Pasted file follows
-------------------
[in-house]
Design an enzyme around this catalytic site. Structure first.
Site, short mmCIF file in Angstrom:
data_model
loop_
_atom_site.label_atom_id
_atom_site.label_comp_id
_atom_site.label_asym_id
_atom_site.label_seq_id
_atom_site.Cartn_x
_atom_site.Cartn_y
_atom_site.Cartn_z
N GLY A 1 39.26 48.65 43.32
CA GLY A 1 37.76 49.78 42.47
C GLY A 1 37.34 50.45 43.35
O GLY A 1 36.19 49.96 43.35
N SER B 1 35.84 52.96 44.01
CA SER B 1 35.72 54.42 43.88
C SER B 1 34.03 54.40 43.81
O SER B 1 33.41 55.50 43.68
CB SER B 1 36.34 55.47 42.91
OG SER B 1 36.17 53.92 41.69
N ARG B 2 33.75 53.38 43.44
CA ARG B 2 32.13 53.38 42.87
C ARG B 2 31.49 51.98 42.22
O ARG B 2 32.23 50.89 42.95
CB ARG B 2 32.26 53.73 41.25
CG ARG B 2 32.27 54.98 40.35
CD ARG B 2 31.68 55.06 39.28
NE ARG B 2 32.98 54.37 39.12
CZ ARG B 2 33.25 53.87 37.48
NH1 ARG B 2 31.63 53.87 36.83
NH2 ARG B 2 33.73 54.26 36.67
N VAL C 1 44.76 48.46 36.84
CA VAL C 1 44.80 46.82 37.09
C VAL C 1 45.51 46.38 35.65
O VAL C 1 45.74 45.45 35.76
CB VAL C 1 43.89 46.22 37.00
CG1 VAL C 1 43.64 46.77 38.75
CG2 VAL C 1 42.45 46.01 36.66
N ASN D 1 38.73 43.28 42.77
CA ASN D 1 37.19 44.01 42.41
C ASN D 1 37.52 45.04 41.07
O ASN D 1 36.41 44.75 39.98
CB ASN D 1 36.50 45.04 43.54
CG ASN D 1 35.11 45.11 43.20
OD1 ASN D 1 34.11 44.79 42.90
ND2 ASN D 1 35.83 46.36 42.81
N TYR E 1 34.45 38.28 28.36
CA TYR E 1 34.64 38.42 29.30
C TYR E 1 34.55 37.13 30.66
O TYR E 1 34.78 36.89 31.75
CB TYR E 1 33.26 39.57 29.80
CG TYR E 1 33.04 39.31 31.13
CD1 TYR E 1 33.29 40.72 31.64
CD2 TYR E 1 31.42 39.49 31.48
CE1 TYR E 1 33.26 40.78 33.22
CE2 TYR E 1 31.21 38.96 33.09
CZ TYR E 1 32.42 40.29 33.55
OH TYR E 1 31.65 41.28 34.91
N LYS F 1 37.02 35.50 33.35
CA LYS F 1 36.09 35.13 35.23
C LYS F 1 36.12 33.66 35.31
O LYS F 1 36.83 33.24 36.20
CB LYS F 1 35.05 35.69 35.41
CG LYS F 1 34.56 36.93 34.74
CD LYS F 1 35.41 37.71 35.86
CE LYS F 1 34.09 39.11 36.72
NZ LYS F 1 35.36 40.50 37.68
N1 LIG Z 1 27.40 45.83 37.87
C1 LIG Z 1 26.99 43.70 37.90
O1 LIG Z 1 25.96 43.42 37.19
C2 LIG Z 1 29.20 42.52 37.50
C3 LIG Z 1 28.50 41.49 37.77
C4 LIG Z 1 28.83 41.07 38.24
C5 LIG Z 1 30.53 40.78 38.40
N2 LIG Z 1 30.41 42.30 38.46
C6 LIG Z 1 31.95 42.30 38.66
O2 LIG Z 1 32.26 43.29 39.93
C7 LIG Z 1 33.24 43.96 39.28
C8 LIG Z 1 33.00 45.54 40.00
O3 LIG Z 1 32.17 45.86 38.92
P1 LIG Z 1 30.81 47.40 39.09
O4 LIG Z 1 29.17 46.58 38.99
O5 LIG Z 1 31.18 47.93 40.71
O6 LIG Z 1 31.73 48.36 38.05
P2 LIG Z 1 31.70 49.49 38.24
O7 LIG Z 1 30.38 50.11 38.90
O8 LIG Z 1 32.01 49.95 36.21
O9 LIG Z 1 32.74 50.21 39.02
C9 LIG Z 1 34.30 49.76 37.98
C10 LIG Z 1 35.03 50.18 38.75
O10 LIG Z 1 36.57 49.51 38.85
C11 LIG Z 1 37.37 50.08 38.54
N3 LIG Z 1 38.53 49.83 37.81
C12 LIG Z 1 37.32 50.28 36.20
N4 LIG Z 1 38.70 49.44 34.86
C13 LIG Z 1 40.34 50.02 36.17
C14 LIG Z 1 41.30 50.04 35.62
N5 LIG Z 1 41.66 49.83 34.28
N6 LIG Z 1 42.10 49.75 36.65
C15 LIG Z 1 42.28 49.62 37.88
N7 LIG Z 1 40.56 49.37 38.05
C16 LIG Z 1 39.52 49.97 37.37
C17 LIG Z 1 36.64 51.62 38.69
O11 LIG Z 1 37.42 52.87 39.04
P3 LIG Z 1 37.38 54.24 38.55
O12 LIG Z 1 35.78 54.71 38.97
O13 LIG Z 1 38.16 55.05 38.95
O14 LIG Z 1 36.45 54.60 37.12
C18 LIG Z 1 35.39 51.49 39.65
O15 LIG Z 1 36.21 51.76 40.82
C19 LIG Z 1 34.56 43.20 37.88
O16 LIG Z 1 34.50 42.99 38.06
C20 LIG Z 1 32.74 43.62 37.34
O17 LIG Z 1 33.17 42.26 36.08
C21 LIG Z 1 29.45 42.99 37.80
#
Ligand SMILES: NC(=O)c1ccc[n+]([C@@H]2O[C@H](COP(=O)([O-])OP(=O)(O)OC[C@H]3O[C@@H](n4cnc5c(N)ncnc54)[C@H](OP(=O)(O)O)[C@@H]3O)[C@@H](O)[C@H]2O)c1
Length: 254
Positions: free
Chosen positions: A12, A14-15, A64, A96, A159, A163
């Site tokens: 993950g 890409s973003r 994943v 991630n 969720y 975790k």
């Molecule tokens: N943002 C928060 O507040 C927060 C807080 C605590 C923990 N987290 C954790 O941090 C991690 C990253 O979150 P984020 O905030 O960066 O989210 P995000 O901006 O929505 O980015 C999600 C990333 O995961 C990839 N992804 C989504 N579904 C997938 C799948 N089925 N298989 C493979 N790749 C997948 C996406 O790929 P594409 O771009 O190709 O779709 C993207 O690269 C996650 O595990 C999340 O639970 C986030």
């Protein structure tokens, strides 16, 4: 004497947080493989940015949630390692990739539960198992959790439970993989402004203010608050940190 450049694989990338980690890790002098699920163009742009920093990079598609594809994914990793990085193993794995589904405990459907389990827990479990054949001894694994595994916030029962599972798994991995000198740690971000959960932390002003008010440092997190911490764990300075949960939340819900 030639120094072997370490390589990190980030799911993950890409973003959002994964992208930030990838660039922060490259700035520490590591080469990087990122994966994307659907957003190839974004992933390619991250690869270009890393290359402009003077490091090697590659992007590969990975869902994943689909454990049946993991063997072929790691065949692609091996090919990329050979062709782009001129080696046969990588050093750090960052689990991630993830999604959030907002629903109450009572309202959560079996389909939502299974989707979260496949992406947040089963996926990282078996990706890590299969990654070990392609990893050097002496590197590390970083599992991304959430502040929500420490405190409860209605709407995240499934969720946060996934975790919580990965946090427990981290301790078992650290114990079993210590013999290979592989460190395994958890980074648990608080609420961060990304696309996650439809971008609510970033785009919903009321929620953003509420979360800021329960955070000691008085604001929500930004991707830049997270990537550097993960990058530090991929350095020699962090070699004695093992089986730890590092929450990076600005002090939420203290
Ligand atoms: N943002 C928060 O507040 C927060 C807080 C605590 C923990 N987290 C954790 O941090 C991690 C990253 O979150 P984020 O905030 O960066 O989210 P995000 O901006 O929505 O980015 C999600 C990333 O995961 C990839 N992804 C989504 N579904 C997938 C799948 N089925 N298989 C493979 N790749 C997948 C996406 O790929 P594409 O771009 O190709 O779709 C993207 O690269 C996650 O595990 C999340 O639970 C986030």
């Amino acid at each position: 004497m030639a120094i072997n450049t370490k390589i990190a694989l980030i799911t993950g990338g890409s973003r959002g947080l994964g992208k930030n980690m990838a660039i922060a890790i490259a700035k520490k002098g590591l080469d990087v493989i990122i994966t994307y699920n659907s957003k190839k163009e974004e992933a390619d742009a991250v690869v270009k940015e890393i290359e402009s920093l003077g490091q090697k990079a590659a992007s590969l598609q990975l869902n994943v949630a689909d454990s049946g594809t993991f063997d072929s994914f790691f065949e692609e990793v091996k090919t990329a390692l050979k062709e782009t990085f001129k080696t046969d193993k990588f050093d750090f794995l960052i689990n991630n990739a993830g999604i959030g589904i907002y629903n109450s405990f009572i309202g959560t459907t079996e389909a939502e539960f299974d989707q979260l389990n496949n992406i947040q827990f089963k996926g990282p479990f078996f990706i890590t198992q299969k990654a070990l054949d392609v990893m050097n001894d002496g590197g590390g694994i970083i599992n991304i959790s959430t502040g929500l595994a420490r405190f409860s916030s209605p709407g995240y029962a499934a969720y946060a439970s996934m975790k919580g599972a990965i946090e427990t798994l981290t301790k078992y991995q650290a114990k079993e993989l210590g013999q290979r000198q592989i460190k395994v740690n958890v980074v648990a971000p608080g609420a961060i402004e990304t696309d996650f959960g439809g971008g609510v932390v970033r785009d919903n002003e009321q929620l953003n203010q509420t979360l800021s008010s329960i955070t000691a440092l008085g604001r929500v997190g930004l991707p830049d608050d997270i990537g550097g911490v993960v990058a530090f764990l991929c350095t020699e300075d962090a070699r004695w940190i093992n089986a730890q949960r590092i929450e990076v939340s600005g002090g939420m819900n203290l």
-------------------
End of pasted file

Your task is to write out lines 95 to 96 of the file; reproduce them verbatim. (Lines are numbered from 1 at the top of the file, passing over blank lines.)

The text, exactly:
N3 LIG Z 1 38.53 49.83 37.81
C12 LIG Z 1 37.32 50.28 36.20